In the 1600’s when Spain was exploiting all the riches of the New World which had been “discovered” and claimed by guys like Columbus, Pizarro, and Balboa, the gold from Panama, Peru and elsewhere was shipped to Panama City, then known as “The Richest City in ThE World.”
From Panama City the treasure would be carted in mule trains, sometimes as large as 150 mules, across Panama to Portobelo to await the arrival of the Spanish Treasure Fleet that would carry the loot across the Atlantic to Spain.
Some of the most amazing discoveries, like Mel Fisher’s discovery of ATOCHA in 1985 are ships from the Spanish Treasure Fleet that were lost at sea. The remains of the ATOCHA, some of which are pictured above, have yielded treasures worth $50 million including 40 tons of gold and silver, 114,000 of the Spanish silver coins known as “pieces of eight”, gold coins, Colombian emeralds, gold and silver artifacts, and 1000 silver ingots. Large as it was, it is estimated that this was only half of the treasure that went down with the ATOCHA.
The Spanish colonies in the new world were also served by merchant ships. In 2011 divers discovered the wreck of a Spanish merchant ship that traveled in the 1681 Treasure Fleet. The ENCARNACION [“Incarnation”] was built in Veracruz, Mexico, for the Spanish empire, and assigned to the Treasure Fleet. In late 1681, the ship was caught by a terrible storm just off the coast of Panama, close to the entrance into the Chagres River, near where the entrance is today of the Panama Canal. The ship sank in less than 40 feet of water and sat there undisturbed for more than three centuries.
Although the wreck was discovered in 2011 it has taken until now to positively identify the ship and determine its origin, route, and cargo. The bottom half of the ship’s hull remainsl intact, including wooden crates containing cargo. The ship would take goods from Latin America to Europe and then return with European products to be sold at ports along this route.
In November 1681, fleet sailed from Cartagena to Porto Bello and en route encountered a hurricane, got lost in the storm, and ended up among dangerous reefs off the Caribbean coast of Panama.
“It was the night of the 29th November, when the disaster began to unfold. Despite continuous gale force winds, several of the vessels successfully weighed anchor and so saved themselves from potential disaster. But not all were so lucky. During the storm, the BOTICARIA came aground on the reefs, with the hull holed she eventually went down after a full three days of struggles. The fate of the BOTICARIA would later be seen as somewhat fortunate compared to its sister ship, the EL NUESTRA SENORA DE LA SOLEDAD, which had been destroyed during a head on collision with rocks, killing the owner and many of his crew.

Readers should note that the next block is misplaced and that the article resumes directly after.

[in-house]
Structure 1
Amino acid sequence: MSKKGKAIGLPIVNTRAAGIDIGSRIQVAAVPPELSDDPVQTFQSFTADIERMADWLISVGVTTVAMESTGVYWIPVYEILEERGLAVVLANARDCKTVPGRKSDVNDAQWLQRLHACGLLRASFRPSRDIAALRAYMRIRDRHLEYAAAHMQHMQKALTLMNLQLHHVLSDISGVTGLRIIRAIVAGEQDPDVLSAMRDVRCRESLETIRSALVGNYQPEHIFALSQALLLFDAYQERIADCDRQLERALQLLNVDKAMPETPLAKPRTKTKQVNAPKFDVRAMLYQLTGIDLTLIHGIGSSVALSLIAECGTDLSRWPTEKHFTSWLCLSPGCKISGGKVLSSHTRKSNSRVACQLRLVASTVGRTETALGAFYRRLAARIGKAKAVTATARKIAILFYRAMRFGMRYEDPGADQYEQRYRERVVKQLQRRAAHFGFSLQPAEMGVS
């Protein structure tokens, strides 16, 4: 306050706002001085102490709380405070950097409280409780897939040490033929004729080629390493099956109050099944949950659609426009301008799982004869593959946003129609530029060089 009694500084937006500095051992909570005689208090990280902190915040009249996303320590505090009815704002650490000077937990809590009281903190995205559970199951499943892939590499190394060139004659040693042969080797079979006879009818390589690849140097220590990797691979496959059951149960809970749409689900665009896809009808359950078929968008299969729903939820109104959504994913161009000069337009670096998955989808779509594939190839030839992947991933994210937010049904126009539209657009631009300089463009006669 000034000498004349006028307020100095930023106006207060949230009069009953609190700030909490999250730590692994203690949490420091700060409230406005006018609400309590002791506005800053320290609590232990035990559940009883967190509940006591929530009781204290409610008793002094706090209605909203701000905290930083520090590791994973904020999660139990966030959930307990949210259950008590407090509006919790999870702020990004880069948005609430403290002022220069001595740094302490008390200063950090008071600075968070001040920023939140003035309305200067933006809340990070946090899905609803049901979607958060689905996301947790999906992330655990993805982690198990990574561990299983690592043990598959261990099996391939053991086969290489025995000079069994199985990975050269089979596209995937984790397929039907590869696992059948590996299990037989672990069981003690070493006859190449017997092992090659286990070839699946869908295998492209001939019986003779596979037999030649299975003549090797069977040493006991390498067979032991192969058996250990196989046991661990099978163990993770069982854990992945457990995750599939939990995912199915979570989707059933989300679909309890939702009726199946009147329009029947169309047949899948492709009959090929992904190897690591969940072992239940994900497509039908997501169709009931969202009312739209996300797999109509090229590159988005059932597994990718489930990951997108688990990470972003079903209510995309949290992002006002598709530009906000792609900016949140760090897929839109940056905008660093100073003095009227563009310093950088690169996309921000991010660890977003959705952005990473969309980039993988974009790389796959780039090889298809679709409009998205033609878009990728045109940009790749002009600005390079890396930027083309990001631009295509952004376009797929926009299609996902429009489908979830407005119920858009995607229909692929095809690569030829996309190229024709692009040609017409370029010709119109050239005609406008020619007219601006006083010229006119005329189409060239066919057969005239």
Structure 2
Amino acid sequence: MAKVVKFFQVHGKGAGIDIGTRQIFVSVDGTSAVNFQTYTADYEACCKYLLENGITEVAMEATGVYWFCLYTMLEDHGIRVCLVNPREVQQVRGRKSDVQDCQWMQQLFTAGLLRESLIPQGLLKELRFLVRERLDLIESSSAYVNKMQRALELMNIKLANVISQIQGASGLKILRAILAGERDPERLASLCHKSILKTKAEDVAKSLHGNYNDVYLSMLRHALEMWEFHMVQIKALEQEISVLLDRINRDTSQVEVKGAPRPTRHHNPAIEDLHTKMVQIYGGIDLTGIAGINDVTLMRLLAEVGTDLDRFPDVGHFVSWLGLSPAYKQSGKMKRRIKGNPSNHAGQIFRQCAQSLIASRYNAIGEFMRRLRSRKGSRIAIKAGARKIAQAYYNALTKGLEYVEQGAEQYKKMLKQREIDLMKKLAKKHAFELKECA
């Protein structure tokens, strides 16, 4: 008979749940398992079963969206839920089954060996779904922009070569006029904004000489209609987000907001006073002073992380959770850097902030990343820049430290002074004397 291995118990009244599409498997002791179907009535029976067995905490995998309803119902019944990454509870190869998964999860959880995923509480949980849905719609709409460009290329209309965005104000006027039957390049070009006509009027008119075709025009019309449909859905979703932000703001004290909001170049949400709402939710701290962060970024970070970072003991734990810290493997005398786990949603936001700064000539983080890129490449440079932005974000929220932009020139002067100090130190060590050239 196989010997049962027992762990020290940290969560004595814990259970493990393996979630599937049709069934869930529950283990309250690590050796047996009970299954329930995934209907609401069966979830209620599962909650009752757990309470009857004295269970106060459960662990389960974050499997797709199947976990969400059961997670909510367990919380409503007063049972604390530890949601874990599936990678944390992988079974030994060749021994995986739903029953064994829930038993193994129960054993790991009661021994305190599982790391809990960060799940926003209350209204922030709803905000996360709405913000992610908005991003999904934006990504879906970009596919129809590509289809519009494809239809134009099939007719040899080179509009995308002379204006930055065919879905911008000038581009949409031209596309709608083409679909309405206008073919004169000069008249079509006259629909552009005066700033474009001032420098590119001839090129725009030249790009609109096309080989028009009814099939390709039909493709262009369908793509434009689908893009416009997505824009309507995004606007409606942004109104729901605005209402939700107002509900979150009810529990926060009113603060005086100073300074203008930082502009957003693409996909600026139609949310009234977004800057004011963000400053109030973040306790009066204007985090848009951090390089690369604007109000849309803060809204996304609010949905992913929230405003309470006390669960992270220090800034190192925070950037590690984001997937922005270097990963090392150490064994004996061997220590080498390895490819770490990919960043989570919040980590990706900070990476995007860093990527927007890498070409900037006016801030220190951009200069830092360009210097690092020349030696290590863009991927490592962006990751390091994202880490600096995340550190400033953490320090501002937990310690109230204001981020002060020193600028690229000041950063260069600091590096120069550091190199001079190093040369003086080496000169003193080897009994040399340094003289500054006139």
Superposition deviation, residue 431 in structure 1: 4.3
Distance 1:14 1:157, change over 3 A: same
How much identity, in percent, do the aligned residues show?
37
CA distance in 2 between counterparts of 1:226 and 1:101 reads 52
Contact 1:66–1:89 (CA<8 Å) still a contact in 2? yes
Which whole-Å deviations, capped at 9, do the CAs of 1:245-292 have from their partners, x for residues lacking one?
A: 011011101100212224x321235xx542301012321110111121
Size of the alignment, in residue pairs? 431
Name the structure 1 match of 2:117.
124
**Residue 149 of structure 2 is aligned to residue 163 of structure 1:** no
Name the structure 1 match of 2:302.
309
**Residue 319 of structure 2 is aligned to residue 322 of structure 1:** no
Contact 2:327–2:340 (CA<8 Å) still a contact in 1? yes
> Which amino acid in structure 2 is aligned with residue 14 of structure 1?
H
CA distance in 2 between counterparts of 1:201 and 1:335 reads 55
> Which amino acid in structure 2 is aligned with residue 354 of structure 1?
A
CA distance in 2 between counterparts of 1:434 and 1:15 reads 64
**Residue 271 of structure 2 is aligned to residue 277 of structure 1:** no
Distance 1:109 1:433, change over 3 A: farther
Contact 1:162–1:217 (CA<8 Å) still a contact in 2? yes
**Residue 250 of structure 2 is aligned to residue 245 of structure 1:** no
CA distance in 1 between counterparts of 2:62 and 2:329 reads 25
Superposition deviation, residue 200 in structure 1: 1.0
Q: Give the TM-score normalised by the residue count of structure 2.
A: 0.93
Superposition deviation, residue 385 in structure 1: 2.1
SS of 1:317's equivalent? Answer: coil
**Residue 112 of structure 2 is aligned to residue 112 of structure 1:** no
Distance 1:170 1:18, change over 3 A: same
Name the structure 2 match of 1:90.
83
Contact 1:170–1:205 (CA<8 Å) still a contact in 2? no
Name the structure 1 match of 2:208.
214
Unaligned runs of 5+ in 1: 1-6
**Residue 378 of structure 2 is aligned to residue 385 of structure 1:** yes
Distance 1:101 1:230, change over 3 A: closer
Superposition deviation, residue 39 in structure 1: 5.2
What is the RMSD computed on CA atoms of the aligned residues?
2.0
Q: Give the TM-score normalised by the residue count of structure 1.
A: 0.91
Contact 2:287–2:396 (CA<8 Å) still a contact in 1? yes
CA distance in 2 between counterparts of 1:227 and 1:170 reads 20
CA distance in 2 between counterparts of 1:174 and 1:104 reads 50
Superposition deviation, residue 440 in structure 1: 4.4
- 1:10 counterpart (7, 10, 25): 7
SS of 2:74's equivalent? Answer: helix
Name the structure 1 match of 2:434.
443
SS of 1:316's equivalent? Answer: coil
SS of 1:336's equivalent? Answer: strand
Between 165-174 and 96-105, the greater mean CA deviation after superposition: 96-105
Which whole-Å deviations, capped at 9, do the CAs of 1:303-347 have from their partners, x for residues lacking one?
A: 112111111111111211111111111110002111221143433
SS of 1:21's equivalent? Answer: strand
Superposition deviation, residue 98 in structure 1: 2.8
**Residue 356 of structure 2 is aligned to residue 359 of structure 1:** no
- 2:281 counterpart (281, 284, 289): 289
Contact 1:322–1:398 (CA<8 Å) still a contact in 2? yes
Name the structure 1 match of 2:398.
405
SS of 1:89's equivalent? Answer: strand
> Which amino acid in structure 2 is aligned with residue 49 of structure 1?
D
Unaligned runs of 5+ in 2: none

Although we do not have the exact date upon which the ENCARNACION went down, it now seems likely that this occurred on the 3rd of December when disaster struck the fleet yet again. This time, as they neared the mouth of the Chagres River, a location also known as Punta de Brujas (‘The Witch’s Point’). Historical records record that two further ships were lost to the churning sea near to this point – the CHAPERON and the TARTANA. It would now appear that the ENCARNACION went down with them.
The remaining parts of the ENCARNACION were discovered by a team of researchers searching for the shipwrecks of Captain Henry Morgan´s fleet of five vessels, wrecked on route to a planned sacking of Panama City, in 1670. The team from the Meadows Centrer for Water and Environment of the Texas State University made this surprising discovery when their metal sensitive sensor equipment made them aware of an undersea anomaly.
“These ships were the backbone of the Spanish colonies,” archaeologist Fritz Hanselmann told the National Geographic. It is quite possible that without them, the Spanish Economy would never have been what it once was. These Merchant Ships made it possible for the Spanish Court to sustain itself during the time of fierce colonization and greed for wealth and power.Charles II, King of Spain, who ruled during the time of the ENCARNACION.
Hanselmann also commented that apart from being in a very good condition, it contained a number of items which had been identified in its cargo including wooden barrels, wooden boxes, sword blades, scissors, mule shoes, nails, ceramics and more. The ship’s hull had been coated in a specific material called Granel. This substance, which is a permanent ballast, was used by the ship builders of the past to keep a vessel steady in the water. It now seems that it also inadvertently helped to keep the wreck in a good condition.
“In addition to what we can learn from the artifacts, the hull remains will inform us about Old World ship construction techniques using New World materials,” project archaeologist Melanie Damour said in a statement.
The Encarnación has finally allowed naval historians to fill in many of the blanks regarding 17th century Spanish ships of the New World. During the time of heavy European capitalization, these ships were keeping Europe’s economy going. Spain was forever looking to expand its reign over new territories and in doing so, the new demand for increased trade made the ships take longer and more dangerous routes, sailing for greater periods and bringing with it more risk of falling victim to piracy or being shipwrecked by storms. [Lilith Bright, ANCIENTORIGINS.COM]